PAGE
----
Monday, February 20, 2017

#KurtCobain A Conversation about Depression & Suicide by Cassie K

Yesterday was my birthday, and earlier I wrote a bit about this short life I've had and moments in my life I remember. In that writing I said when I was 15 years old and listening to Nirvana, "I thought killing yourself like Kurt Cobain was cool." I did not mention that I also thought Cobain's drug use was cool. But first, I will say that suicide isn't cool or trendy. And I don't know if Kurt Cobain actually killed himself, because there is contrary evidence, which I have interpreted from a recent documentary, and I'm still not sure. When I saw that Kurt Cobain was trending now because it was his birthday, I recollected that I had once known his birthday was a day after mine, and also I realized that I turned the same age Cobain killed himself. I was reminded that I too have had an increasing feeling of depression from the time I was 15, and at one time I was afraid that my suicidal thoughts were influenced by Kurt Cobain and other musicians that ended up killing them self.

I realized that there have been so many times in my life that have led me to want to die. Actually once in my life I got into a car accident and later thought to myself: "I wish I had died that day." That is the destructive workings of depression. During times when my depression was at its worst, I just wanted to die. Those thoughts and feelings come and go. Although I couldn't imagine a life an additional 27 years, I couldn't imagine ending life when it is connected to so many people that I care for.
Suicidal thoughts don't necessarily have to come from long term depression, or from trauma, addiction, because some end their life in certain sudden shocking events. Some people that know they're going to prison will kill them selves if their crime was particularly incriminating. Some people will do so like those suicides from Ashley Madison hack list that revealed people that were paying to have affairs. But here, I am specifically speaking on a few thoughts and feelings I have about depression and suicide on this topic.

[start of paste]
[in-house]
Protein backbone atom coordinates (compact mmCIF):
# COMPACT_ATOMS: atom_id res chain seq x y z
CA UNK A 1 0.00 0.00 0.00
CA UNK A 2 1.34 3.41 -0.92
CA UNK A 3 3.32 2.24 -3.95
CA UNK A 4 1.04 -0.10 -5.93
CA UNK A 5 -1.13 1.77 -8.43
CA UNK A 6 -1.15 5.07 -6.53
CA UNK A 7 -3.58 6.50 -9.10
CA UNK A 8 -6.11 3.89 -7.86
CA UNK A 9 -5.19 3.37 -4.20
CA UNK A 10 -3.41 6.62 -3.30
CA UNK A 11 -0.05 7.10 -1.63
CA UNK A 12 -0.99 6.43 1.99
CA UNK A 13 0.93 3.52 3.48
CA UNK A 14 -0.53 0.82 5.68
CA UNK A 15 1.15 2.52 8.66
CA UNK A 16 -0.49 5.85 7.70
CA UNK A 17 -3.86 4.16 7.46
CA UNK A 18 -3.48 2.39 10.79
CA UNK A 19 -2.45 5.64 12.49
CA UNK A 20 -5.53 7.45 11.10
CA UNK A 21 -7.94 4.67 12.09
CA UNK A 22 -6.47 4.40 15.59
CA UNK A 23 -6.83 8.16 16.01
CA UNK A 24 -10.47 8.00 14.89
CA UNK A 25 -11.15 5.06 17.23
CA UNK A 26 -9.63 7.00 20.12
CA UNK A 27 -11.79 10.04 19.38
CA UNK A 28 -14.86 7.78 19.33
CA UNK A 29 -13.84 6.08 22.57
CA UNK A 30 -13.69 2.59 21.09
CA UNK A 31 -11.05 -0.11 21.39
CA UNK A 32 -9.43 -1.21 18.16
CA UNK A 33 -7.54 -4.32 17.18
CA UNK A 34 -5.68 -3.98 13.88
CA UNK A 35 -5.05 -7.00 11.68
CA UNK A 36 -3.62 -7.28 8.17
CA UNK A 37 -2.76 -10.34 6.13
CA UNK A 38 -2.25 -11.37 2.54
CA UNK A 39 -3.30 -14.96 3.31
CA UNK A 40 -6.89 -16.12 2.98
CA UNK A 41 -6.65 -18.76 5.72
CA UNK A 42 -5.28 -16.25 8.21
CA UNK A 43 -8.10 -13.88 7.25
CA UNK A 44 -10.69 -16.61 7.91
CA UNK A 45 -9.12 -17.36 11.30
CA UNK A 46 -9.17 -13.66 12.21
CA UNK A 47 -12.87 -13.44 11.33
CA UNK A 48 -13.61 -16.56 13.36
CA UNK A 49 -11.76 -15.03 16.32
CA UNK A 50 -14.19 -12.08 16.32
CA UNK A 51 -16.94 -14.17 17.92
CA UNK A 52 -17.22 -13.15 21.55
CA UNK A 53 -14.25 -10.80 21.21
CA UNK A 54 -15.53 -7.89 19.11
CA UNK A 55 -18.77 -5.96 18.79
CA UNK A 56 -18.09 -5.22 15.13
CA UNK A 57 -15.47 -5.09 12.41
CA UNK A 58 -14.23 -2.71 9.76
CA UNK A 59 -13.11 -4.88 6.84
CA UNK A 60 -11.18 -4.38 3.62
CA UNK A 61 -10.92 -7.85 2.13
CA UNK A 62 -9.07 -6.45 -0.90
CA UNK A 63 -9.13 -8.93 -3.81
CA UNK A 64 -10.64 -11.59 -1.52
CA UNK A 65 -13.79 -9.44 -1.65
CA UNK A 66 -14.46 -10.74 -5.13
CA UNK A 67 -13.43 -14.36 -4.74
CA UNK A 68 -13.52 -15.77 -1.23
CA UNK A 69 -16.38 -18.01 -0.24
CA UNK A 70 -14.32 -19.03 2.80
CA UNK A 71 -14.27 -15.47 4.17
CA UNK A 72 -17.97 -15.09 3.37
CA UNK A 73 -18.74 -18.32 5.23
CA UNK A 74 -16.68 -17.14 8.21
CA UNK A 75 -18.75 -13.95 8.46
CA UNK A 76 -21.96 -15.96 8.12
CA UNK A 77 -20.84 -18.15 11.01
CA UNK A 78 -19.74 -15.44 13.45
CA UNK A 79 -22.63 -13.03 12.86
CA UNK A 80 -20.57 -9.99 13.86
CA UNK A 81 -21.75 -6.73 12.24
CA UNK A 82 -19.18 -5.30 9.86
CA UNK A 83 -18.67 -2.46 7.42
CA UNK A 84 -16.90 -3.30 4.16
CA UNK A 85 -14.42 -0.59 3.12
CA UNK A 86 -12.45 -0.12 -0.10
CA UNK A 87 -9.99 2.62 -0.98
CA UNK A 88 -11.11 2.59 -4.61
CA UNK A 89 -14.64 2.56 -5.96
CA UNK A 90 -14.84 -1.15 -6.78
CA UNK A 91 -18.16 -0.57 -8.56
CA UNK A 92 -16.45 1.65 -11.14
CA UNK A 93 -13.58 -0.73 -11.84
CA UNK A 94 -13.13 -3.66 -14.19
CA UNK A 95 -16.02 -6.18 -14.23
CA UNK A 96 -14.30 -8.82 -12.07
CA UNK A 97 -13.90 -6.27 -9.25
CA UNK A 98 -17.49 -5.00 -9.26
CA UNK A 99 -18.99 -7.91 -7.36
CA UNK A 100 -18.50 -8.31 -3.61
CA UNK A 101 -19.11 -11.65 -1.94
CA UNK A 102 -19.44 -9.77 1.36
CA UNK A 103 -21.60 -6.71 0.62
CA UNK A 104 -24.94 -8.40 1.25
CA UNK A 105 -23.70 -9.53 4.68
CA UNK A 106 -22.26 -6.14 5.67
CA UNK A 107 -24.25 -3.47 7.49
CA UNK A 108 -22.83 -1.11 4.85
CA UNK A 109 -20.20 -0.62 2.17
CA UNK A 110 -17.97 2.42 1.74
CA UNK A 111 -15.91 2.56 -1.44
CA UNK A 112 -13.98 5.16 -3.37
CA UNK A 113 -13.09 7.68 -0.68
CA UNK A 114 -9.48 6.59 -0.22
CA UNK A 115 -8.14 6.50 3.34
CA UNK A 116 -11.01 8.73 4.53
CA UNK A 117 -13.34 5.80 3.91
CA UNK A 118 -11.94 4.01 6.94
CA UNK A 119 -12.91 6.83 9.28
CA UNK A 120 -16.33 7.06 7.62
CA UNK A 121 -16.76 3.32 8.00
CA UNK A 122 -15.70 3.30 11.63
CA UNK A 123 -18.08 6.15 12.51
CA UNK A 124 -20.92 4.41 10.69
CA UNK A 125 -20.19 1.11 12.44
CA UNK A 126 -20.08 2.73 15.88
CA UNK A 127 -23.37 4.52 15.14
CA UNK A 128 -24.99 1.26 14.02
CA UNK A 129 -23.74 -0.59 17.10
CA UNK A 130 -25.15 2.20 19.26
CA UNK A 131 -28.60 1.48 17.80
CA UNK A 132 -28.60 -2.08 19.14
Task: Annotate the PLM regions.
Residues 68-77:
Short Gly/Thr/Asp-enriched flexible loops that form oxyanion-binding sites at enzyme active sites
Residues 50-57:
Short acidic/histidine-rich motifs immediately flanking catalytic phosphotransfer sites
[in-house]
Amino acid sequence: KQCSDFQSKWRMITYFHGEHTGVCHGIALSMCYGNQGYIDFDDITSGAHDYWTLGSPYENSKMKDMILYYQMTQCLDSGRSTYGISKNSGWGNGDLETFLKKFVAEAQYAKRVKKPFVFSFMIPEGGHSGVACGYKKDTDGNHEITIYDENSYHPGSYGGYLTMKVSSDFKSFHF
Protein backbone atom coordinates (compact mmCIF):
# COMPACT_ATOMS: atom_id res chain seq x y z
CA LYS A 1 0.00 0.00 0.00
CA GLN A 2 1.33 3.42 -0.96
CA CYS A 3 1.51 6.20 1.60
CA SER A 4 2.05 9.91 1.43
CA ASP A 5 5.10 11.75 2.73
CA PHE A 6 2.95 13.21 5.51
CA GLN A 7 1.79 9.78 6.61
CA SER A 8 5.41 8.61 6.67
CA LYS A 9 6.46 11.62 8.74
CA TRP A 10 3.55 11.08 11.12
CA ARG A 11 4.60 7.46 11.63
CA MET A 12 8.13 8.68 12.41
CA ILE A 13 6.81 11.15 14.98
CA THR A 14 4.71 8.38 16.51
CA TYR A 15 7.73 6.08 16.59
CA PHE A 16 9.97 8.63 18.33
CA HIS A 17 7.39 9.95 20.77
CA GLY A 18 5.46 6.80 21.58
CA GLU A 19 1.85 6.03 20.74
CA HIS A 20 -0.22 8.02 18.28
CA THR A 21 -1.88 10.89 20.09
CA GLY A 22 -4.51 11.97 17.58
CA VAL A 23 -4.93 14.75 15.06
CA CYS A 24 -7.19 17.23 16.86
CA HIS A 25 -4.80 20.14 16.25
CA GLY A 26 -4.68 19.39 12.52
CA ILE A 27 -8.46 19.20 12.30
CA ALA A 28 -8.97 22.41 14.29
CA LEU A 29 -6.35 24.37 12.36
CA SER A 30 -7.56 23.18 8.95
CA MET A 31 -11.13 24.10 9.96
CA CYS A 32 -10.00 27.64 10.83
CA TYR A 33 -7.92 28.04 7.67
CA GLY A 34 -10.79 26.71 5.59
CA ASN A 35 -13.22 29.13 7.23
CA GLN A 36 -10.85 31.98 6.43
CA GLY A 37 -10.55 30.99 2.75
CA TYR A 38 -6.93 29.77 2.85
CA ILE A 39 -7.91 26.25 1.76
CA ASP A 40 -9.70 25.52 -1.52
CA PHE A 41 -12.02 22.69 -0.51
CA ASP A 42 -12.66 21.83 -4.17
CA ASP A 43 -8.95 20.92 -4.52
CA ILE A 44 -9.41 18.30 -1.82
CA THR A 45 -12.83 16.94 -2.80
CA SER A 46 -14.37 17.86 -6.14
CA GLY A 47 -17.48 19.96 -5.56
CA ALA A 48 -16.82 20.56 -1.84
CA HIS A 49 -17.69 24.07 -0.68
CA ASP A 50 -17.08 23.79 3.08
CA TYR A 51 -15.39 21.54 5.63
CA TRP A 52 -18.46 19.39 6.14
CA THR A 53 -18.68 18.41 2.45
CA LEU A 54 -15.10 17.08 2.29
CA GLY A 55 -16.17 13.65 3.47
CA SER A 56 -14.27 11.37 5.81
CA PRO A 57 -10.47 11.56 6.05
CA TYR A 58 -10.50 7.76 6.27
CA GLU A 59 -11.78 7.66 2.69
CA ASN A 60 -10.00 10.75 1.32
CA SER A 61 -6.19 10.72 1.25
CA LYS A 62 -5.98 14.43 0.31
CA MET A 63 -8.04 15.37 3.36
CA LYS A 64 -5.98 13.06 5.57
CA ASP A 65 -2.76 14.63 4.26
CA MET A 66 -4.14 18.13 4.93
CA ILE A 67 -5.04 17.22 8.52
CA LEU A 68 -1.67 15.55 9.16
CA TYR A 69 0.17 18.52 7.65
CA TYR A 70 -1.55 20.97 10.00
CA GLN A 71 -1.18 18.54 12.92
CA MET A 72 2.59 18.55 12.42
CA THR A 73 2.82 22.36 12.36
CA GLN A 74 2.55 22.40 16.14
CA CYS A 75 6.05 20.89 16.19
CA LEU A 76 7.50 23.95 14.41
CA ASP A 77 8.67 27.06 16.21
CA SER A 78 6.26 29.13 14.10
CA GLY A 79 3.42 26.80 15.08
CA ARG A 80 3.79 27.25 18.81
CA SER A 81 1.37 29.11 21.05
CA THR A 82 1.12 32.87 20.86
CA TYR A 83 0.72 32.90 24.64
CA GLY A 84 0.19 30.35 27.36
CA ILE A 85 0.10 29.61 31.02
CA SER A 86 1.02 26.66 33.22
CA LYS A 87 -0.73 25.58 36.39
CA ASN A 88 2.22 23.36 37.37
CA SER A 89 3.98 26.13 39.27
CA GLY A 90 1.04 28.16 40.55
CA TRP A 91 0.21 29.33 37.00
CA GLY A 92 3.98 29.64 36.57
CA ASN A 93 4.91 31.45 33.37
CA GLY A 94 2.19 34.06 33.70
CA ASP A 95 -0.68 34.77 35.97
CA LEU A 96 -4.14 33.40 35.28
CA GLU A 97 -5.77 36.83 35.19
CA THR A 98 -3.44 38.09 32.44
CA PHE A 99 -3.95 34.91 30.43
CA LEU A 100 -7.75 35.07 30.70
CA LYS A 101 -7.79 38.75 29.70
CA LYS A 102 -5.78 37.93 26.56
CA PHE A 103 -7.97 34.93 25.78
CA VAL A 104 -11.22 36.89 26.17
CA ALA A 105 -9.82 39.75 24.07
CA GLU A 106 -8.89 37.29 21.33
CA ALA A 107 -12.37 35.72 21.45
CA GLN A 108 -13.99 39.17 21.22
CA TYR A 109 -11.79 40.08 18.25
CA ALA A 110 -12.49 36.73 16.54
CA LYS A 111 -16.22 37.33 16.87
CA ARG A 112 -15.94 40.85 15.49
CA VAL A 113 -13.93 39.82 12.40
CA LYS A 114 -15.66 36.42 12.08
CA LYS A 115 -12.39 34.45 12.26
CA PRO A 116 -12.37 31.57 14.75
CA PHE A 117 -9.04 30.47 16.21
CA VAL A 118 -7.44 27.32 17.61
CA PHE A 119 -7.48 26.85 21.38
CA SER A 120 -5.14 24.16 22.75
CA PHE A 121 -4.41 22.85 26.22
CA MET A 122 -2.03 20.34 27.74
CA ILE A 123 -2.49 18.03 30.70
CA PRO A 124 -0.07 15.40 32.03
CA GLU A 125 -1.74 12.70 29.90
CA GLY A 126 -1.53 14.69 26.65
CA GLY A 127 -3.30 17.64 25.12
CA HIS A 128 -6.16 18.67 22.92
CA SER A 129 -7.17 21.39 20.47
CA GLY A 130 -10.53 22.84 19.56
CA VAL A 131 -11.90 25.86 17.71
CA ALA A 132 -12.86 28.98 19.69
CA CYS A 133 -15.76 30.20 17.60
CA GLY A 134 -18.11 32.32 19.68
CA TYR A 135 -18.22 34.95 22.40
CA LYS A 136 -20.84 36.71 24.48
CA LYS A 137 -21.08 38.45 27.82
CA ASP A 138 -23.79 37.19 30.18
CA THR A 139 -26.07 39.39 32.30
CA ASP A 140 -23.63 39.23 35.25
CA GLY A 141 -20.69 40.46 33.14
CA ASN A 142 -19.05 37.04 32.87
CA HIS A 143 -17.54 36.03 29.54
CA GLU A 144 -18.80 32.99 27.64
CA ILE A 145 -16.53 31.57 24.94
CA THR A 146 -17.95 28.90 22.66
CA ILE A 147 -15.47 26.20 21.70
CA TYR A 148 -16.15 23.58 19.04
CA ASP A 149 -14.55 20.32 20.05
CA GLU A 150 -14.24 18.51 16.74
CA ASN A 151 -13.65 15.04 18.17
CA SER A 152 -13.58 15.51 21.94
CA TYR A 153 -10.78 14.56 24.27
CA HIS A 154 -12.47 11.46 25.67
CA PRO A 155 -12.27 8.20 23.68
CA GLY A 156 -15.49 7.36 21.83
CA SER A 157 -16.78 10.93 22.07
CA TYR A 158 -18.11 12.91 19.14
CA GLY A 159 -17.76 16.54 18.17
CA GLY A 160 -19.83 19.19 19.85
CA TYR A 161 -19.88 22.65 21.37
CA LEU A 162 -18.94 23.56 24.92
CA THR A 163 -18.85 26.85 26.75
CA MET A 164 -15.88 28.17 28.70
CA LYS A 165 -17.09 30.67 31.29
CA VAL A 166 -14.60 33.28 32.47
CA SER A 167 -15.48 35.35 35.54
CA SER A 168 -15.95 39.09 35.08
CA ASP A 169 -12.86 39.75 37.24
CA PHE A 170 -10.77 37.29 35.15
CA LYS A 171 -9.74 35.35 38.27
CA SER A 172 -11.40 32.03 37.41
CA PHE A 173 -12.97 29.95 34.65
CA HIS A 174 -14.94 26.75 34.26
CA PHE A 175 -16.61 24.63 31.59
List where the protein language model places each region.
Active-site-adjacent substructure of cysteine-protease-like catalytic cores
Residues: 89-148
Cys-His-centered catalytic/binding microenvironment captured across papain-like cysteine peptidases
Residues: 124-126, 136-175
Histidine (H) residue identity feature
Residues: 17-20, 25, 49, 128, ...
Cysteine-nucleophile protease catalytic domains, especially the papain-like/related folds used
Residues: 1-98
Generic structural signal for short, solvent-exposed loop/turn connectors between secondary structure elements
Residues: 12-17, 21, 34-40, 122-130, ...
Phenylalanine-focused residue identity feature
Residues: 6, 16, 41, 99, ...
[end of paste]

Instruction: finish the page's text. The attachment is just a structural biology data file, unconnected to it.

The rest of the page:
For one I think: "is everybody depressed?" "Does depression affect the masses?" or "is depression so widespread that it's normal or natural?" or "is depression made up?" or "is depression a privileged attitude against actual pain and struggle thrusted on others?" I don't have the answers to those questions, however, I know from speaking with many people with depression, they feel conflicted by having pain that hinders them while other people are trying to flee war torn countries, or citizens that don't have access to shelter or clean drinking water. And, I ask: "do these people call their pain 'depression'?" I have no clue, and I would assume those same people do not think about 'depression' and instead see their situation as 'oppression.'
The opposite of depression seems to be happiness, so I turn to the question if I had it "all" if this would make me feel complete or happy, or at least the opposite of depression. I wonder if I had all the things that I consider would make me a complete person if I would still be depressed. In fact when I hear that celebrities with fame, fortune, friends, and adventure that have depression or commit suicide, I think to myself: "oh this will never be the end of it for me." I go further and ask: maybe life isn't about being happy, and life doesn't require me to be happy to live it. This is my own inner conflict.